Nutrition Essentials: Why Your Body Needs (Complete) Protein
May 8, 2014 | Published by Dr. Eric Bakker
Most people, vegetarian or not, don’t eat enough protein to sustain them throughout the day. So what’s the big deal? Proteins are essential to the building, maintenance and repair of your body’s tissues such as your skin, internal organs and muscles. Proteins break down to amino acids, the building blocks of many parts of your body–even blood cells, which make up your immune system and hormones.
So you’re probably asking, “Okay then, how much do I need?” There’s no one size fits all recommendations for protein, but the more active you are the bigger your body’s demand becomes. This demand can be from mental or physical work. A person’s required protein intake also depends on sex, height, weight and exercise levels, but a normal protein intake ranges anywhere from 20 to 50 grams with each meal. In many cases, I have found that when a person eats more quality protein they start to notice improvements in energy levels, mood, sleep and their overall levels of well-being.
Incomplete vs. Complete Proteins
Proteins are made up of substances called amino acids, 22 of which are considered essential for good health. Your body can make 14, but the other 8–known as essential amino acids–must be obtained from diet and supplementation. Proteins are classified into two types: complete and incomplete. If the protein in a food provides adequate essential amino acids, it is considered a complete protein. If the food does not provide all the essential amino acids, it is considered an incomplete protein.
Proteins are found in most types of food, but only a few qualify as a complete protein. Those that make the grade are most meats, eggs, and cheeses (animal-derived foods). Soybeans, quinoa, spirulina, seaweed, hempseed, amaranth and a few other non-animal derived foods are also considered complete proteins. Incomplete protein foods can be combined to include all essential amino acids, forming a complete protein. Some examples are rice and beans, milk and wheat cereal, and corn and beans.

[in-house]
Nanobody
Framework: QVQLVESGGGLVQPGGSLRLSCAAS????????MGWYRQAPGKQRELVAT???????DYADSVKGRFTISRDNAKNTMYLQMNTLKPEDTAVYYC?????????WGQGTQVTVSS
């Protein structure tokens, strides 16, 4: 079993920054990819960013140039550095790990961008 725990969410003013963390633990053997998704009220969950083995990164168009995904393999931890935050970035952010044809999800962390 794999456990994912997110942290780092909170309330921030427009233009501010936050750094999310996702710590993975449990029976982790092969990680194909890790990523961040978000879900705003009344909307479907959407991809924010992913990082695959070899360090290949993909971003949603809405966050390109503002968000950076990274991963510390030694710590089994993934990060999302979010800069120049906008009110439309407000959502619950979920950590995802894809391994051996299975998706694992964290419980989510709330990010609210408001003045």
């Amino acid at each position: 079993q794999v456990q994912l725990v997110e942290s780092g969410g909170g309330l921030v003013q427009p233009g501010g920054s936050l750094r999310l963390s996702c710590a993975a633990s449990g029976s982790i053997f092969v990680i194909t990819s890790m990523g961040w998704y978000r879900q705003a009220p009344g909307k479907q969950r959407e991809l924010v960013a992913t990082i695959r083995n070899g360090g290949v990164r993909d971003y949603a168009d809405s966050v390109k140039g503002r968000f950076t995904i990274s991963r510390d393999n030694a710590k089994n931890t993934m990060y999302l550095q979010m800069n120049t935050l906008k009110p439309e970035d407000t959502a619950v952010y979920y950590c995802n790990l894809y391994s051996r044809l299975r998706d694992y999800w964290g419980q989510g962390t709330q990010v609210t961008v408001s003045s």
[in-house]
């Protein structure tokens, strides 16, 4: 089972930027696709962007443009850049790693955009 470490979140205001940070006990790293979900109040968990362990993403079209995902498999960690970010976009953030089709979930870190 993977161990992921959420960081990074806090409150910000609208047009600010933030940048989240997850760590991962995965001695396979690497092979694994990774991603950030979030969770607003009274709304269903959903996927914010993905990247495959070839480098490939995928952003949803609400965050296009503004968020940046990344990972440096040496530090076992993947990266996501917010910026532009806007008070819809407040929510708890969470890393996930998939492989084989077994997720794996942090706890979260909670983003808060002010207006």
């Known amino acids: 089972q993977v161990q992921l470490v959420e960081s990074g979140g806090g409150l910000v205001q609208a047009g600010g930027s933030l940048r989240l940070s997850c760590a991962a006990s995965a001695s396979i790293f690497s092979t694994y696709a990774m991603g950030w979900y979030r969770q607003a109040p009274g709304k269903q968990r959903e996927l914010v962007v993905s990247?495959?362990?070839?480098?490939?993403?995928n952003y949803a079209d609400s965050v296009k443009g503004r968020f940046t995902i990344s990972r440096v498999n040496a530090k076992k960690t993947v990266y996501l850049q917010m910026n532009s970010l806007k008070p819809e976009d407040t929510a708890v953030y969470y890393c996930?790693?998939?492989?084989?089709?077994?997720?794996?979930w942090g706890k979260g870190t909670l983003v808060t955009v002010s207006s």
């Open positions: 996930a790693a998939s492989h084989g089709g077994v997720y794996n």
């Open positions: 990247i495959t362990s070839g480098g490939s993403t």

Sources of Protein
Don’t go heavy on dairy. Many people who go light on meats go heavy on dairy products, especially cheese and milk. This can create more problems than benefits, especially if one has a sensitivity or intolerance to dairy products (as so many people do). If you have any allergies, consider avoiding all dairy products for some time. So how do you get your fair share of calcium? There are non-dairy foods that contain significant amounts of calcium, including spinach, broccoli, tofu, salmon, almonds, parsley, and dried figs. You do not need to depend on cow’s milk for calcium, and probably shouldn’t bother with it at all unless you can get natural, raw milk. As for yogurt products, look at the labels. Avoid the ones “enhanced” with artificial flavors or corn syrup. Low-fat dairy products tend to be packed with carbohydrates and should be avoided as well.
Avoid processed meats. Avoid most meats from the deli, especially sausages, processed meats, salami, bacon and hams. Stick to naturally cooked or raw chicken, fish, beef, bison, sheep, or goat (organic when possible).
Eat more fish. Fish can be a great source of protein and essential fatty acids. With fish, be cautious of the source. I recommend avoiding farmed fish when possible. Opt for wild caught, if available.
Be careful with unfermented soy. Soy is a healthy food when consumed in fermented form like tempeh or miso. I generally recommend avoiding soy milk, especially to those with an allergy or sensitivity, but also to those with thyroid issues. That said, a regular glass of soy milk can be beneficial for older males and menopausal women (if well tolerated). I do not believe that all unfermented soy is “poison.” I have known many people who have eaten soy protein for many years with no health concerns. Ultimately, it is YOU who decides what is right, and informed consent is the way to go.
Don’t forget the nuts and seeds. Regular servings of fresh nuts and seeds can help manage blood sugar levels throughout the day. Aim for a handful each day, and be sure to chew well. Fresh nuts are best, and my personal favorite choices are almonds, Brazil nuts, walnuts and hazelnuts. Generally speaking I say avoid peanuts, and be cautious with cashews (high fat) and pistachios (high in salt).
About the Author: Eric Bakker B.H.Sc. (Comp.Med), N.D, R.Hom. is a highly experienced naturopathic physician who has been in clinical practice for 25 years. Eric is passionate about improving people’s lives through proven wellness and lifestyle principles, natural medicine practice as well as public and professional practitioner education. Eric specialises in candida yeast infections, as well as adrenal fatigue, and thyroid disorders. Dr. Bakker has written one of the most comprehensive books on yeast infections called Candida Crusher. Website: candidacrusher.com You can complete his online survey to determine if you have a yeast infection here, or link through to his many YouTube videos: www.yeastinfection.org Dr. Bakker’s Blog: www.ericbakker.com
Categorised in: Nutrition